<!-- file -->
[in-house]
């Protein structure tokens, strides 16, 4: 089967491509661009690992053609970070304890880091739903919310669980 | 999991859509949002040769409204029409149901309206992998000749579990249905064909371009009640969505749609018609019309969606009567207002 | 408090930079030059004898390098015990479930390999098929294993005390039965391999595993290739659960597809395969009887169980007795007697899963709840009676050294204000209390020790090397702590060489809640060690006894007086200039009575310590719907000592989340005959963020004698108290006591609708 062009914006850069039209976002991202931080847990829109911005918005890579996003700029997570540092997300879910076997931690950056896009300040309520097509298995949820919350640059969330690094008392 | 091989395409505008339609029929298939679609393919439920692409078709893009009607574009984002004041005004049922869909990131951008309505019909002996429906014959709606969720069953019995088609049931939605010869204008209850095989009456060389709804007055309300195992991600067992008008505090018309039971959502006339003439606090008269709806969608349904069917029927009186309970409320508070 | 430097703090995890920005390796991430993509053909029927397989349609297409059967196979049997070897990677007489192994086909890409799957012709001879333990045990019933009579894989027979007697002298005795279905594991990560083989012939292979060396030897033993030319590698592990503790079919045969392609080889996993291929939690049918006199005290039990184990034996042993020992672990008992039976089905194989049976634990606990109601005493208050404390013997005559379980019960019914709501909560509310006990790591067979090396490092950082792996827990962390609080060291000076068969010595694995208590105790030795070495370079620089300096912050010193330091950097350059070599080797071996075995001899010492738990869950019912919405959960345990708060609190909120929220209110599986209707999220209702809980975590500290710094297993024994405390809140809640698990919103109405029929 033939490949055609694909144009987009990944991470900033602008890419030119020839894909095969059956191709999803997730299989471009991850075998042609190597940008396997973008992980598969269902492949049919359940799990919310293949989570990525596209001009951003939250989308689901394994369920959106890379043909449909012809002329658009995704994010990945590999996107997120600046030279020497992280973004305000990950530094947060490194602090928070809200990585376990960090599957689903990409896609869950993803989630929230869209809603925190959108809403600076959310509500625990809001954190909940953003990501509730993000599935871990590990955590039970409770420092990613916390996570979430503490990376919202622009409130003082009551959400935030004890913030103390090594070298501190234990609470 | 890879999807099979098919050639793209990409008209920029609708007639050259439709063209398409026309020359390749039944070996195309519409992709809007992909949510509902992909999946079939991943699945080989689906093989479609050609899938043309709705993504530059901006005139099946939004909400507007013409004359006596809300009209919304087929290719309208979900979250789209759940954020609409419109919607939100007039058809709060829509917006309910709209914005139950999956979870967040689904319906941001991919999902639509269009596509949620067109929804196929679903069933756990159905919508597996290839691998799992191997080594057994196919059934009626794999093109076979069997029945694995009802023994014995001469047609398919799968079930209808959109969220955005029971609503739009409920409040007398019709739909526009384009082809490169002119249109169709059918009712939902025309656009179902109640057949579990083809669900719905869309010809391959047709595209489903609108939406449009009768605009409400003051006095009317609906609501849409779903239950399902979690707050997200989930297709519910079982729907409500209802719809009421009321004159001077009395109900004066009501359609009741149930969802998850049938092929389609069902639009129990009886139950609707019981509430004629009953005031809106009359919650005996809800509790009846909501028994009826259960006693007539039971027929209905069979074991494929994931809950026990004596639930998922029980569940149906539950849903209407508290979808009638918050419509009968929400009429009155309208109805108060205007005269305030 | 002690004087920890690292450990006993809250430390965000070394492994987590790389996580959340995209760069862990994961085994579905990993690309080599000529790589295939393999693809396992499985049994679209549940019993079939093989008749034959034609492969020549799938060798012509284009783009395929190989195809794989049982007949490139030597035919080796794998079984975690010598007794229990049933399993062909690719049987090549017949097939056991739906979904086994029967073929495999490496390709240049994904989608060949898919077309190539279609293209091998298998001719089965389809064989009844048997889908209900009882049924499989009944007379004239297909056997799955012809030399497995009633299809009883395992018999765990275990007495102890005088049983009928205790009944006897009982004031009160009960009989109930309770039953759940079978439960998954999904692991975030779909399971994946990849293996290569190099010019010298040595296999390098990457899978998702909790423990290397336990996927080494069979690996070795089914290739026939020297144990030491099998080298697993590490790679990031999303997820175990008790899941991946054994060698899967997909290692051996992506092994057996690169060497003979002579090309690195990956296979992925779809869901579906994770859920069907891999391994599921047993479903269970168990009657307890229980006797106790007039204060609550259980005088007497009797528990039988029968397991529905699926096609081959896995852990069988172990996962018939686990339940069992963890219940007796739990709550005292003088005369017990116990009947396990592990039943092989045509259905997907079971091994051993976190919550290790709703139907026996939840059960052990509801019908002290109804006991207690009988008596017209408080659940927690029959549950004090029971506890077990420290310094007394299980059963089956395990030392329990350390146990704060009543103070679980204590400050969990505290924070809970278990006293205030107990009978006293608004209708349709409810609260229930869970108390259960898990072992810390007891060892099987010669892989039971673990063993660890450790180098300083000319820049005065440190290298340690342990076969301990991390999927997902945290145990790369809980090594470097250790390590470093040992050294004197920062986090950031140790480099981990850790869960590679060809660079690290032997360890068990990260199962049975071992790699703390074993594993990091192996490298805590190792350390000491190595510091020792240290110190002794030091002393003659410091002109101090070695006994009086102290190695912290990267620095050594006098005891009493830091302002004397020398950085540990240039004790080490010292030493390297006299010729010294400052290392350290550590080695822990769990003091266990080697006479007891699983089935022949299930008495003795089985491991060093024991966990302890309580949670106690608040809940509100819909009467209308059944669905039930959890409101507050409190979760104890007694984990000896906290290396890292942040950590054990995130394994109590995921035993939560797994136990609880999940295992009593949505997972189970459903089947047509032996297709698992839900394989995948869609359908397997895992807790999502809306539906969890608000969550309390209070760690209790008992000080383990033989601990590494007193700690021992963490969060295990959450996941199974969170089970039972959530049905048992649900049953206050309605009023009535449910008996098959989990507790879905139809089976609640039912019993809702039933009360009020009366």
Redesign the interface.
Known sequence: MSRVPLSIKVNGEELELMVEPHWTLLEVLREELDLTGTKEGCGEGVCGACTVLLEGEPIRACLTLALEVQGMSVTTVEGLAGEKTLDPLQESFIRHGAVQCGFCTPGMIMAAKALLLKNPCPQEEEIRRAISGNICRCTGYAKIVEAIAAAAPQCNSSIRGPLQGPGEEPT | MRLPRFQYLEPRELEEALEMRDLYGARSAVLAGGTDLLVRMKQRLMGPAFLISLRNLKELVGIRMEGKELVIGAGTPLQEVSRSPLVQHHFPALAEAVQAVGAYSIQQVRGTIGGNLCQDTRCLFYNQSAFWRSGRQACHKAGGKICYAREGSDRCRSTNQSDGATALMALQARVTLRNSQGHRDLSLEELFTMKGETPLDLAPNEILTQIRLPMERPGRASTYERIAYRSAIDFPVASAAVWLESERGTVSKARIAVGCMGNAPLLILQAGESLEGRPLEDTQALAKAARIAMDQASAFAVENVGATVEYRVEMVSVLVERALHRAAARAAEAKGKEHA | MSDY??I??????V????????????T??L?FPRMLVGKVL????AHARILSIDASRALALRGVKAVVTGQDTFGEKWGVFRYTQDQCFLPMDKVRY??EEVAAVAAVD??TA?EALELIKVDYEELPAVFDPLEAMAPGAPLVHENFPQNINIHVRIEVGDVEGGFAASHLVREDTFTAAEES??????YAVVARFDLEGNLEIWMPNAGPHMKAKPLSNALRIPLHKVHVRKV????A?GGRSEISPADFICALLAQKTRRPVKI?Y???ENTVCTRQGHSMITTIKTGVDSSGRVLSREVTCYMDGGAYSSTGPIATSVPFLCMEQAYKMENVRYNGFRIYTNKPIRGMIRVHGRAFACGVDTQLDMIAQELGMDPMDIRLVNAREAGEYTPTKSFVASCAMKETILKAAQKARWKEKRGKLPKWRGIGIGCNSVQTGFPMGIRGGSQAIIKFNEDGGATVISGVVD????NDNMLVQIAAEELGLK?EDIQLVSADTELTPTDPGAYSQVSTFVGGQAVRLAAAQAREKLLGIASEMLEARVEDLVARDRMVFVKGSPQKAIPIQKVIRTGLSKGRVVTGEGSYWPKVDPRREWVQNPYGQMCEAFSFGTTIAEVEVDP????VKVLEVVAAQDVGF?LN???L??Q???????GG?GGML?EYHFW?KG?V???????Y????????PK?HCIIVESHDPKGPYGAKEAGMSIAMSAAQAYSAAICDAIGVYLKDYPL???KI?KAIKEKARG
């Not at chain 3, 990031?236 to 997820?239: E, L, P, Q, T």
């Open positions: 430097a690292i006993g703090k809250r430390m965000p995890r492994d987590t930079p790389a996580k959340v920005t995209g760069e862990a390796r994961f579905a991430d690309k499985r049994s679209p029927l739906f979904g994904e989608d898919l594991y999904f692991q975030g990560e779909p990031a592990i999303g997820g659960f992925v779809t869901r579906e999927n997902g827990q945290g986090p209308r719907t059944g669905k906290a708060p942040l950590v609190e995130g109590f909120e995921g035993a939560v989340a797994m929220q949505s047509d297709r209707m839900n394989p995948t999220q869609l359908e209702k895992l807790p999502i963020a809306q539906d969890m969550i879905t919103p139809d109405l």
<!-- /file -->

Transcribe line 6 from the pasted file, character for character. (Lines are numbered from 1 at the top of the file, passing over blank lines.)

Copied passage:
């Open positions: 430097a690292i006993g703090k809250r430390m965000p995890r492994d987590t930079p790389a996580k959340v920005t995209g760069e862990a390796r994961f579905a991430d690309k499985r049994s679209p029927l739906f979904g994904e989608d898919l594991y999904f692991q975030g990560e779909p990031a592990i999303g997820g659960f992925v779809t869901r579906e999927n997902g827990q945290g986090p209308r719907t059944g669905k906290a708060p942040l950590v609190e995130g109590f909120e995921g035993a939560v989340a797994m929220q949505s047509d297709r209707m839900n394989p995948t999220q869609l359908e209702k895992l807790p999502i963020a809306q539906d969890m969550i879905t919103p139809d109405l």